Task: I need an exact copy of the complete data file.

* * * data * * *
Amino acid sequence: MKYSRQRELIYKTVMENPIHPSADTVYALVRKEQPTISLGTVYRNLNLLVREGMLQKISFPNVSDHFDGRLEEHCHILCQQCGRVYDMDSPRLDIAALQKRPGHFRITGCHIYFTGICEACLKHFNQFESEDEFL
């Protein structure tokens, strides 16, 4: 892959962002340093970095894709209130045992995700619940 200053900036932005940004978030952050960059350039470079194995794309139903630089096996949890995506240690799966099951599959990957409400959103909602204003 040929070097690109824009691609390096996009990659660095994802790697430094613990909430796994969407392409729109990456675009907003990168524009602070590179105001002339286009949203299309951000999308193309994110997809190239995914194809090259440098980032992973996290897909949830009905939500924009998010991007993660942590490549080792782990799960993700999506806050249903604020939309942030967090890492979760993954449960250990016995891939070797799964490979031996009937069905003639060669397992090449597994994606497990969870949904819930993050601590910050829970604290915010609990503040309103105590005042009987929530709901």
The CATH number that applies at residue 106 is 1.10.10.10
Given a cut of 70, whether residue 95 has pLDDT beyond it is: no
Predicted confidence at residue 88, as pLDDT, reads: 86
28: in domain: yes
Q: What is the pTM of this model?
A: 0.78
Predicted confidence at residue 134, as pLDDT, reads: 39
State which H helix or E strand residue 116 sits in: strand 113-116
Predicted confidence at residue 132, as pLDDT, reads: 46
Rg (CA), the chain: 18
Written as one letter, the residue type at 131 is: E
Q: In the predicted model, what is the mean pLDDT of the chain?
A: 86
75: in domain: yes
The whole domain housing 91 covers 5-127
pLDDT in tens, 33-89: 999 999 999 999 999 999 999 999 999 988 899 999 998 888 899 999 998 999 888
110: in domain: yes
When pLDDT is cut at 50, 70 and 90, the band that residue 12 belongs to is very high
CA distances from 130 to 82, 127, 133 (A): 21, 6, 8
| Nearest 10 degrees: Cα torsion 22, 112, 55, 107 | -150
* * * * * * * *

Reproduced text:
Amino acid sequence: MKYSRQRELIYKTVMENPIHPSADTVYALVRKEQPTISLGTVYRNLNLLVREGMLQKISFPNVSDHFDGRLEEHCHILCQQCGRVYDMDSPRLDIAALQKRPGHFRITGCHIYFTGICEACLKHFNQFESEDEFL
């Protein structure tokens, strides 16, 4: 892959962002340093970095894709209130045992995700619940 200053900036932005940004978030952050960059350039470079194995794309139903630089096996949890995506240690799966099951599959990957409400959103909602204003 040929070097690109824009691609390096996009990659660095994802790697430094613990909430796994969407392409729109990456675009907003990168524009602070590179105001002339286009949203299309951000999308193309994110997809190239995914194809090259440098980032992973996290897909949830009905939500924009998010991007993660942590490549080792782990799960993700999506806050249903604020939309942030967090890492979760993954449960250990016995891939070797799964490979031996009937069905003639060669397992090449597994994606497990969870949904819930993050601590910050829970604290915010609990503040309103105590005042009987929530709901």
The CATH number that applies at residue 106 is 1.10.10.10
Given a cut of 70, whether residue 95 has pLDDT beyond it is: no
Predicted confidence at residue 88, as pLDDT, reads: 86
28: in domain: yes
Q: What is the pTM of this model?
A: 0.78
Predicted confidence at residue 134, as pLDDT, reads: 39
State which H helix or E strand residue 116 sits in: strand 113-116
Predicted confidence at residue 132, as pLDDT, reads: 46
Rg (CA), the chain: 18
Written as one letter, the residue type at 131 is: E
Q: In the predicted model, what is the mean pLDDT of the chain?
A: 86
75: in domain: yes
The whole domain housing 91 covers 5-127
pLDDT in tens, 33-89: 999 999 999 999 999 999 999 999 999 988 899 999 998 888 899 999 998 999 888
110: in domain: yes
When pLDDT is cut at 50, 70 and 90, the band that residue 12 belongs to is very high
CA distances from 130 to 82, 127, 133 (A): 21, 6, 8
| Nearest 10 degrees: Cα torsion 22, 112, 55, 107 | -150